just a thought... the Extracycle is a way to take all those bikes out there and make them more usable. The Yuba is a major investment in another bike with all
      Message 2 of 13 , May 5, 2008
        just a thought...  the Extracycle is a way to take all those bikes out there and make them more usable. The Yuba is a major investment in another bike with all the same [but not in the same magnitude] of expending more energy in steel, investment, etc.   ...may be more applicable in the third world but so is all the last 2% upgrade.

        On Mon, May 5, 2008 at 8:33 PM, kwikfile08 <kwikfile08@...> wrote:


        Morgan,

        I would like to hear more about your experience with the Yuba, I am mixed about my next
        rig. I was err am Jonsing real hard for a Big Dummy. But the data on the Yuba is quite le
        interesting. My commute is 28 miles each way (Big down hill starting out in the morning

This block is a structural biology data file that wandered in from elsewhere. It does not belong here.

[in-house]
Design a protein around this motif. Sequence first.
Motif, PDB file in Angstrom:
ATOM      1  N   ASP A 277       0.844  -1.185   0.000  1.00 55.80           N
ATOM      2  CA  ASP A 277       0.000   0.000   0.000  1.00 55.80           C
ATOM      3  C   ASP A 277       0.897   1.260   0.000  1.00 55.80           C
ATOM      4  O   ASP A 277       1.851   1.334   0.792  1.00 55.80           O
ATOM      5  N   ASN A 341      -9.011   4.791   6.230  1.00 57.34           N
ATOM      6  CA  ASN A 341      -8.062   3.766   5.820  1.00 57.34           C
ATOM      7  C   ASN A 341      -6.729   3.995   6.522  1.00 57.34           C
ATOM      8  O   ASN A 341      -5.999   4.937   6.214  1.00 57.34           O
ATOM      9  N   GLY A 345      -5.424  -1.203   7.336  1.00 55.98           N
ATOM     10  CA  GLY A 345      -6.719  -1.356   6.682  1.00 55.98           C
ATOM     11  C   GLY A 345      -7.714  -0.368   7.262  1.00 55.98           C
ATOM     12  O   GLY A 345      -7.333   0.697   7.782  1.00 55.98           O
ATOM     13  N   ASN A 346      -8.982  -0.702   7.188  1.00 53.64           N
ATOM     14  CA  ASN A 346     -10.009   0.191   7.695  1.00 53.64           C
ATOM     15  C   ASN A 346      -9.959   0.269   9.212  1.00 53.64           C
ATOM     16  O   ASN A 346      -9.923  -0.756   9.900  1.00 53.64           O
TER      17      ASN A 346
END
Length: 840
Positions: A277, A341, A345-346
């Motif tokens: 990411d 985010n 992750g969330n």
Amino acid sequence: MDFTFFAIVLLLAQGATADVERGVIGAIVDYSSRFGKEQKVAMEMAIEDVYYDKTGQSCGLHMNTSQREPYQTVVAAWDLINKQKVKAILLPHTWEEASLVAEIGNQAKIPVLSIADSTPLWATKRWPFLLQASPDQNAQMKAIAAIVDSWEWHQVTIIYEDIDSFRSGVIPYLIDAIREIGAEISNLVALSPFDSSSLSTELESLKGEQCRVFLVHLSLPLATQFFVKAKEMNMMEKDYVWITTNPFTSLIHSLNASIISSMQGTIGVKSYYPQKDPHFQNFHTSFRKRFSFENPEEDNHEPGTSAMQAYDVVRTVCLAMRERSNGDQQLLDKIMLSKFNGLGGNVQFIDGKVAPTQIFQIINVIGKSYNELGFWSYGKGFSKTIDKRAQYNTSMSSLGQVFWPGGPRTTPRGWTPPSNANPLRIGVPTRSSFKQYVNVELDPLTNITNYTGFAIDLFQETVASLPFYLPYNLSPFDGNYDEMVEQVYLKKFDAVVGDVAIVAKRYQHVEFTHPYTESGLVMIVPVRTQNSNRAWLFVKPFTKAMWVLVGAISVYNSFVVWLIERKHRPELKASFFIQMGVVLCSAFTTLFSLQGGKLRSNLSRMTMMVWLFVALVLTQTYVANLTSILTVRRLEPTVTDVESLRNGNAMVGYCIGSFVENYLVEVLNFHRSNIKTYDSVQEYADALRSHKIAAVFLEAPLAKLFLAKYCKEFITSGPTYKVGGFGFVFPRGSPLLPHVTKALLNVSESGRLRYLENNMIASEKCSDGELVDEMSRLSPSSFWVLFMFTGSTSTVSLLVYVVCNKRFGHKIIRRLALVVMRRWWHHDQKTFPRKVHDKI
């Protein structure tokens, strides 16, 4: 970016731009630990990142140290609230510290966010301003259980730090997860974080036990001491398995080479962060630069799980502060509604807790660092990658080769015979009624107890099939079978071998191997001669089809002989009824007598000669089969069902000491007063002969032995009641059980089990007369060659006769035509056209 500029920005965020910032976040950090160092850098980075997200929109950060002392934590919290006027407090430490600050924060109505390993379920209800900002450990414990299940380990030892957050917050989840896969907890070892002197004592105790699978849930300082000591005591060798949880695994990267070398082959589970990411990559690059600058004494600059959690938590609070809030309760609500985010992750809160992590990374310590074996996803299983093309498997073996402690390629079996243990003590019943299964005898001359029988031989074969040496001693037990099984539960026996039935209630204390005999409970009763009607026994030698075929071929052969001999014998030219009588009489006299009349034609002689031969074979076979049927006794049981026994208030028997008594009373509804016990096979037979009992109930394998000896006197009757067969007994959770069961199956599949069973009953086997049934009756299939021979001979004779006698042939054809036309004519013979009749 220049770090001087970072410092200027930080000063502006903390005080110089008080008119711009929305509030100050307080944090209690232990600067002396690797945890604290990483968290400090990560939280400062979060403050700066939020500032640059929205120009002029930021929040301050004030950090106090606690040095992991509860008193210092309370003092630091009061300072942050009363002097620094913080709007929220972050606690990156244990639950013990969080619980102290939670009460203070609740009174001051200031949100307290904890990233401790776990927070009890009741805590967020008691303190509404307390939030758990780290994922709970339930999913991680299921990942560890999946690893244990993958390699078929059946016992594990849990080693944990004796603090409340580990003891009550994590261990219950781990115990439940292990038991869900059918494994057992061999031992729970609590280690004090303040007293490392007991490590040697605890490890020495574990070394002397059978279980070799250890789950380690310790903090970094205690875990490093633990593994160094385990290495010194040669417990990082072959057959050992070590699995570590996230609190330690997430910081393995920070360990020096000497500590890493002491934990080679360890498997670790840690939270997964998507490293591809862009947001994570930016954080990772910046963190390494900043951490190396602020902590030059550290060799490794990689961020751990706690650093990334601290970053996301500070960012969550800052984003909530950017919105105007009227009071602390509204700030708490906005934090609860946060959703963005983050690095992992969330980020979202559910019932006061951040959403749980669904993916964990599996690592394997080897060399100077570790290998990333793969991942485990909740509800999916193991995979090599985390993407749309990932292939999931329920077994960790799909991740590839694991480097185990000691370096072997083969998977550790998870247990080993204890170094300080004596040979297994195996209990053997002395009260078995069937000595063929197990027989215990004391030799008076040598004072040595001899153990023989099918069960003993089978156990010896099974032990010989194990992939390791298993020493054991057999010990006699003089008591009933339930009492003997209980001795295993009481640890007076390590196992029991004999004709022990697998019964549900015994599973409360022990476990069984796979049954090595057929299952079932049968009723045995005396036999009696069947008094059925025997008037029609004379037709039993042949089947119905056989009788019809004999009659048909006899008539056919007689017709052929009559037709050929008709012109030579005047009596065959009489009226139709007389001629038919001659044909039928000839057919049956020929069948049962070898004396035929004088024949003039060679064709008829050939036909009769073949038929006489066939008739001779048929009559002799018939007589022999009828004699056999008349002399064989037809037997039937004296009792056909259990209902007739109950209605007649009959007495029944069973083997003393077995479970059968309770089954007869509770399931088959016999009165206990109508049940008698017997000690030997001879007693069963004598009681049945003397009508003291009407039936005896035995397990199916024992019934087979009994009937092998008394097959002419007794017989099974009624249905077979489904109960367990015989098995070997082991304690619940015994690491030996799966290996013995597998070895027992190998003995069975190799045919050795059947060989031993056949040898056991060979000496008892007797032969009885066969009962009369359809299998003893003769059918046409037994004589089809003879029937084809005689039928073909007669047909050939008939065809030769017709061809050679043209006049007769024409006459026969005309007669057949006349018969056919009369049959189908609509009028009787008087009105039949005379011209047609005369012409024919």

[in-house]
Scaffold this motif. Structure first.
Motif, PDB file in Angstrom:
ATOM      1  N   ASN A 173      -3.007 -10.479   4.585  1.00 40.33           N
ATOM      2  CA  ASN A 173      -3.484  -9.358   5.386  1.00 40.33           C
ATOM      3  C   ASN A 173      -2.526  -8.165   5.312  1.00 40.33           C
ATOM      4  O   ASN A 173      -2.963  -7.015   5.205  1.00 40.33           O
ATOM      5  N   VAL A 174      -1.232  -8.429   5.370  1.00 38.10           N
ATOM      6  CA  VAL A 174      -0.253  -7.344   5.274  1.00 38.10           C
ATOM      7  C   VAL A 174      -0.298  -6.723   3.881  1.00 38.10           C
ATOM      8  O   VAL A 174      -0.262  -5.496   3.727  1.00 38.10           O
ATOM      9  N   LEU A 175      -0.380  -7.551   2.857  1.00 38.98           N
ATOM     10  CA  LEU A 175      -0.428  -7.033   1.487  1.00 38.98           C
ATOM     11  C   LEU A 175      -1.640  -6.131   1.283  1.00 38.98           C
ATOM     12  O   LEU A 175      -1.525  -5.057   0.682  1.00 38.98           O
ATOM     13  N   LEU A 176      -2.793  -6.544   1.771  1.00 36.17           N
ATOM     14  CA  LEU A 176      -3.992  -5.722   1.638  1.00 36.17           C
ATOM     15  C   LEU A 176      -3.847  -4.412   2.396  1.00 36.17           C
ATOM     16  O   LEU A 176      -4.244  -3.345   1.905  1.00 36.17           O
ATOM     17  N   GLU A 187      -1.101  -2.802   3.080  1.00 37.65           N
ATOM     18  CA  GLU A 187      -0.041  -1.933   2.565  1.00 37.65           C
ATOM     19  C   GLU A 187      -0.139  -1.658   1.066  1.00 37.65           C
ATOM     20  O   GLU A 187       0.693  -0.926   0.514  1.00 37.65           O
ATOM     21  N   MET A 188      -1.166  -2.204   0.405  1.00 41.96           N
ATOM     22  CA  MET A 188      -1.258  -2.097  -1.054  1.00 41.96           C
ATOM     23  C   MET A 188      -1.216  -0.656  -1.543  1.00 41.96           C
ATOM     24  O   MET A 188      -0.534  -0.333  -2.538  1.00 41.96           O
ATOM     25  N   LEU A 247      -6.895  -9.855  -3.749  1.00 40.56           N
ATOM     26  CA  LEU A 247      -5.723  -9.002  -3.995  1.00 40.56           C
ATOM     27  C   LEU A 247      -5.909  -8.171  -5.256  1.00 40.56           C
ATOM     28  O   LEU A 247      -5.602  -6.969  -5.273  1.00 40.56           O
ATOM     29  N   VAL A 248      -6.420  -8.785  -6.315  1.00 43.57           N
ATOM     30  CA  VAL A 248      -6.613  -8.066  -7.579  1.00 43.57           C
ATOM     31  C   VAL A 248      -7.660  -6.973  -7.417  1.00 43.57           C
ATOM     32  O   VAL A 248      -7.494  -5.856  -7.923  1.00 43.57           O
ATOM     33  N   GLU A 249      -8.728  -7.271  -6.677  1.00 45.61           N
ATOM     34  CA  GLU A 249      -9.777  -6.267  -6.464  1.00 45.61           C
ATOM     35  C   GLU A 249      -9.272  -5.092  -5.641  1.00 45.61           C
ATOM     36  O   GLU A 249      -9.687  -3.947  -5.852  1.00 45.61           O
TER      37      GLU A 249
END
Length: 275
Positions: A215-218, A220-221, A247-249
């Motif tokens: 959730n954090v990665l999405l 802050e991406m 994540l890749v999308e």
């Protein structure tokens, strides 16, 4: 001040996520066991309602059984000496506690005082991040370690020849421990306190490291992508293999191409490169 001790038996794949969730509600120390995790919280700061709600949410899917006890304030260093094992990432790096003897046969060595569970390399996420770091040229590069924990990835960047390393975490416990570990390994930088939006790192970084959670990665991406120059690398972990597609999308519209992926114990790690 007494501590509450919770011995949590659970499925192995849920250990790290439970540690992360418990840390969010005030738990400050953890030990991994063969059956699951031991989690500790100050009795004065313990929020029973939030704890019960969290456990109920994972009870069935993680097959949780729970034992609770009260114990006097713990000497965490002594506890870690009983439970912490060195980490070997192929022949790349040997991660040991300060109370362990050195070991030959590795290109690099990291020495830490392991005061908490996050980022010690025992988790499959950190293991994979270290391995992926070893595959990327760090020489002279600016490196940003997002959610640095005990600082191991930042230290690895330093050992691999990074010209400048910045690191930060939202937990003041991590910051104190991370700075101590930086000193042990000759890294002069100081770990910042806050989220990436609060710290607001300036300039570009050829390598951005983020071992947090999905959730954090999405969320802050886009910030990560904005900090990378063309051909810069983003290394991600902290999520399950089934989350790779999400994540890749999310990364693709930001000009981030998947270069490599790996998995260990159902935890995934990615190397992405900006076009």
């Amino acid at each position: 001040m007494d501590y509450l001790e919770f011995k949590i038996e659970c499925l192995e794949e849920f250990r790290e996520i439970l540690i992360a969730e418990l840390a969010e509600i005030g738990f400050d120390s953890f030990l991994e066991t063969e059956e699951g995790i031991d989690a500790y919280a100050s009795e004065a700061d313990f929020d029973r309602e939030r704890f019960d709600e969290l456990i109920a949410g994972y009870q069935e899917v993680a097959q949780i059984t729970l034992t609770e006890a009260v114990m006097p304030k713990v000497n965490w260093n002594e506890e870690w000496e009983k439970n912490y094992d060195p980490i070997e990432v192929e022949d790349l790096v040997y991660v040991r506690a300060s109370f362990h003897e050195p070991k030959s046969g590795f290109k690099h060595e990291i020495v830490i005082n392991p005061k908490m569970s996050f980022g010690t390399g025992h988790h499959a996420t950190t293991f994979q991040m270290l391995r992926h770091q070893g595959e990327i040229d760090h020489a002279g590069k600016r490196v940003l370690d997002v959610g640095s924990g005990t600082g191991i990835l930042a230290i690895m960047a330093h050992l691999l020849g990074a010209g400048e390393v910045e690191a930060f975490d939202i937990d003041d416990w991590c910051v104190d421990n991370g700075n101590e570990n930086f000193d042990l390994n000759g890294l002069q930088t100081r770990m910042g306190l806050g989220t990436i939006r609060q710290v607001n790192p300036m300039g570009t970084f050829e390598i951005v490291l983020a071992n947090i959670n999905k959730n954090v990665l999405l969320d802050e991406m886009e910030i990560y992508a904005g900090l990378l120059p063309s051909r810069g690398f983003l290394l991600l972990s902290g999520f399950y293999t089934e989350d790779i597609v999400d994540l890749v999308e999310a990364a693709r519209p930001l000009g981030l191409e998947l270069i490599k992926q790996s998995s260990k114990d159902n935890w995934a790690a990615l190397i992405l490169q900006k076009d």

500 + drop in 1.5 miles. But the opposite is a climb at mile 56 at the very end.) My bike is
        at around 40-60 lbs on a typical commute. It strengthens me each day I ride and I like it.

        A Yuba with electric motor sounds very cool - keep us posted for sure.

        Namaste'

        Carl



        --- In rootsradicals@yahoogroups.com, Morgan <mcgurme@...> wrote:
        >
        > Yesterday I made my weekly run to the local grocery co-op on the Yuba
        > Mundo. It is a 7 mile ride each way, with some moderate hills, and a
        > few short steep ones. I strapped a big rubbermaid bucket on one side
        > as a carrier, and on the other side, I just used a caribiner to attach
        > a large Costco grocery sack. I loaded the bike up with about 60
        > pounds of groceries (to feed a family of 5).
        >
        > The first thing I noticed is that this bike swallows that weight with